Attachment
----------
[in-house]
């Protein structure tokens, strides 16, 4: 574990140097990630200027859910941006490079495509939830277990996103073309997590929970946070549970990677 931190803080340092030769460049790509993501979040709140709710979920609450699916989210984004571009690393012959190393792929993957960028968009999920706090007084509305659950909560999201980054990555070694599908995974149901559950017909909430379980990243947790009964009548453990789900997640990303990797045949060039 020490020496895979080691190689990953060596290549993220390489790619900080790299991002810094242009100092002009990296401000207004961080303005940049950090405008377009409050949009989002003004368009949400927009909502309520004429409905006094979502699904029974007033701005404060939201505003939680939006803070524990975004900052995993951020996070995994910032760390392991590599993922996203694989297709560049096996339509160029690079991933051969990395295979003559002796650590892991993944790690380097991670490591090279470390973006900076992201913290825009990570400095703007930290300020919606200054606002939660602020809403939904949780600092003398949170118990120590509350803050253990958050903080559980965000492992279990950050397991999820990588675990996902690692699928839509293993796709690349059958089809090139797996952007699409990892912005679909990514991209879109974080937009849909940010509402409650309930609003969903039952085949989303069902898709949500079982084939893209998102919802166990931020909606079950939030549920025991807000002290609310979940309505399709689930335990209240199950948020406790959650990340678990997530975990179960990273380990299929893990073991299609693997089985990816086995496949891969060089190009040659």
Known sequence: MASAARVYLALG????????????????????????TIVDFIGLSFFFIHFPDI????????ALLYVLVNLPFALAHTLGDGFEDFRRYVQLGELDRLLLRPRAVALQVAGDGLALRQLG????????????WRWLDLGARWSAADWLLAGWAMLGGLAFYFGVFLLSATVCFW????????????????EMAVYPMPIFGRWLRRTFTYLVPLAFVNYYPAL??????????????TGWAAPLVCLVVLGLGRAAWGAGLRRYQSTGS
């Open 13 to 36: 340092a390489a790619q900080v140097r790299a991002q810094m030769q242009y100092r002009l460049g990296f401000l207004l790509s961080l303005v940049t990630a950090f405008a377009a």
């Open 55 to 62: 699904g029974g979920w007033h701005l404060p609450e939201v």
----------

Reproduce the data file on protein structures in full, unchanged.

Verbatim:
[in-house]
């Protein structure tokens, strides 16, 4: 574990140097990630200027859910941006490079495509939830277990996103073309997590929970946070549970990677 931190803080340092030769460049790509993501979040709140709710979920609450699916989210984004571009690393012959190393792929993957960028968009999920706090007084509305659950909560999201980054990555070694599908995974149901559950017909909430379980990243947790009964009548453990789900997640990303990797045949060039 020490020496895979080691190689990953060596290549993220390489790619900080790299991002810094242009100092002009990296401000207004961080303005940049950090405008377009409050949009989002003004368009949400927009909502309520004429409905006094979502699904029974007033701005404060939201505003939680939006803070524990975004900052995993951020996070995994910032760390392991590599993922996203694989297709560049096996339509160029690079991933051969990395295979003559002796650590892991993944790690380097991670490591090279470390973006900076992201913290825009990570400095703007930290300020919606200054606002939660602020809403939904949780600092003398949170118990120590509350803050253990958050903080559980965000492992279990950050397991999820990588675990996902690692699928839509293993796709690349059958089809090139797996952007699409990892912005679909990514991209879109974080937009849909940010509402409650309930609003969903039952085949989303069902898709949500079982084939893209998102919802166990931020909606079950939030549920025991807000002290609310979940309505399709689930335990209240199950948020406790959650990340678990997530975990179960990273380990299929893990073991299609693997089985990816086995496949891969060089190009040659």
Known sequence: MASAARVYLALG????????????????????????TIVDFIGLSFFFIHFPDI????????ALLYVLVNLPFALAHTLGDGFEDFRRYVQLGELDRLLLRPRAVALQVAGDGLALRQLG????????????WRWLDLGARWSAADWLLAGWAMLGGLAFYFGVFLLSATVCFW????????????????EMAVYPMPIFGRWLRRTFTYLVPLAFVNYYPAL??????????????TGWAAPLVCLVVLGLGRAAWGAGLRRYQSTGS
């Open 13 to 36: 340092a390489a790619q900080v140097r790299a991002q810094m030769q242009y100092r002009l460049g990296f401000l207004l790509s961080l303005v940049t990630a950090f405008a377009a």
């Open 55 to 62: 699904g029974g979920w007033h701005l404060p609450e939201v």